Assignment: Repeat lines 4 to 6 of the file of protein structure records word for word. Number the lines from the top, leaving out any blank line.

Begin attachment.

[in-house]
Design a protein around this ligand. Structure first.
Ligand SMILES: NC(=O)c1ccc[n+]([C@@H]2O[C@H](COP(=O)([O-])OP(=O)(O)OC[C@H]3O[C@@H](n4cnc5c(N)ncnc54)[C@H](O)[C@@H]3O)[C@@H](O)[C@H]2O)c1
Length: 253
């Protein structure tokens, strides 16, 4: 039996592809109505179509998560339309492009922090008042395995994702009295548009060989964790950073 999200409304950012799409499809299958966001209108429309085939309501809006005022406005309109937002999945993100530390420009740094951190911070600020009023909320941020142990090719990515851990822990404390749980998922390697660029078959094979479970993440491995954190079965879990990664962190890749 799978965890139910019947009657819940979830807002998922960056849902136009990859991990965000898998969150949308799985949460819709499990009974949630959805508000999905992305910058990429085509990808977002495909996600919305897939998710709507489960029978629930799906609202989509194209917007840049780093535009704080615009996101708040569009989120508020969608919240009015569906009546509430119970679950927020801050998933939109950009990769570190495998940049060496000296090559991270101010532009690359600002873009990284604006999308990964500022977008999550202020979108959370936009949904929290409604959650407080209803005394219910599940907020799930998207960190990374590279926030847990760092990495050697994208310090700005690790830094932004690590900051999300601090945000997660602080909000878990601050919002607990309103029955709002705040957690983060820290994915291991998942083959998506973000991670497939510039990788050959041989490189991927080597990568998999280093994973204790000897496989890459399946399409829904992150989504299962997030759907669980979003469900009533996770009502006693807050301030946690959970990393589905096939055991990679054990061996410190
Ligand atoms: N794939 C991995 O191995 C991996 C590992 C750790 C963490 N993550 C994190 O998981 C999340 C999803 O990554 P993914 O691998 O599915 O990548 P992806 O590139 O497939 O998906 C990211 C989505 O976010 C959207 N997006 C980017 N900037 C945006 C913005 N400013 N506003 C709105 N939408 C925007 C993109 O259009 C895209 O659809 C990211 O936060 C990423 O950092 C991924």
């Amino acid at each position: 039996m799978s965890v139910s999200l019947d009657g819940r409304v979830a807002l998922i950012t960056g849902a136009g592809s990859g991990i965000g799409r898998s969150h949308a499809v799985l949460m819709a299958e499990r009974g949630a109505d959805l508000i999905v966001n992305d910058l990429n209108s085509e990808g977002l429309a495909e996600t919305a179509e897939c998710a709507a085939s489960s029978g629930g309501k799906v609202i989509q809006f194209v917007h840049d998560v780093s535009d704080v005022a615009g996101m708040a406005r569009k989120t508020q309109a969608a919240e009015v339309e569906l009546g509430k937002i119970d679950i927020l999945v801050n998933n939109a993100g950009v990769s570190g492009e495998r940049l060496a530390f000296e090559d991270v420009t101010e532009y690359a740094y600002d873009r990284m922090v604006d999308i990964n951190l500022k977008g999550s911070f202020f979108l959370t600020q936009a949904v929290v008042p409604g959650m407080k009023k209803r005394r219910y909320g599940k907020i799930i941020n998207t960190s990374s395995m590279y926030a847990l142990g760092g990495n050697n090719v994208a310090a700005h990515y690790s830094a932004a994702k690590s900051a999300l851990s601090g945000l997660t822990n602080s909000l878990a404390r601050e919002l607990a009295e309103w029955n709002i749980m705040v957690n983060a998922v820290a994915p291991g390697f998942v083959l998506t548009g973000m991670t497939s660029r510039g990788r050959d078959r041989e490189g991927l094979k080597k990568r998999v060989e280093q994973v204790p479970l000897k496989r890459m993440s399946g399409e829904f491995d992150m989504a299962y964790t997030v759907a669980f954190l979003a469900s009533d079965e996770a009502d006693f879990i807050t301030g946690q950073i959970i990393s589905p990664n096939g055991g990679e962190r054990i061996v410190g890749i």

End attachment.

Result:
Length: 253
């Protein structure tokens, strides 16, 4: 039996592809109505179509998560339309492009922090008042395995994702009295548009060989964790950073 999200409304950012799409499809299958966001209108429309085939309501809006005022406005309109937002999945993100530390420009740094951190911070600020009023909320941020142990090719990515851990822990404390749980998922390697660029078959094979479970993440491995954190079965879990990664962190890749 799978965890139910019947009657819940979830807002998922960056849902136009990859991990965000898998969150949308799985949460819709499990009974949630959805508000999905992305910058990429085509990808977002495909996600919305897939998710709507489960029978629930799906609202989509194209917007840049780093535009704080615009996101708040569009989120508020969608919240009015569906009546509430119970679950927020801050998933939109950009990769570190495998940049060496000296090559991270101010532009690359600002873009990284604006999308990964500022977008999550202020979108959370936009949904929290409604959650407080209803005394219910599940907020799930998207960190990374590279926030847990760092990495050697994208310090700005690790830094932004690590900051999300601090945000997660602080909000878990601050919002607990309103029955709002705040957690983060820290994915291991998942083959998506973000991670497939510039990788050959041989490189991927080597990568998999280093994973204790000897496989890459399946399409829904992150989504299962997030759907669980979003469900009533996770009502006693807050301030946690959970990393589905096939055991990679054990061996410190
Ligand atoms: N794939 C991995 O191995 C991996 C590992 C750790 C963490 N993550 C994190 O998981 C999340 C999803 O990554 P993914 O691998 O599915 O990548 P992806 O590139 O497939 O998906 C990211 C989505 O976010 C959207 N997006 C980017 N900037 C945006 C913005 N400013 N506003 C709105 N939408 C925007 C993109 O259009 C895209 O659809 C990211 O936060 C990423 O950092 C991924």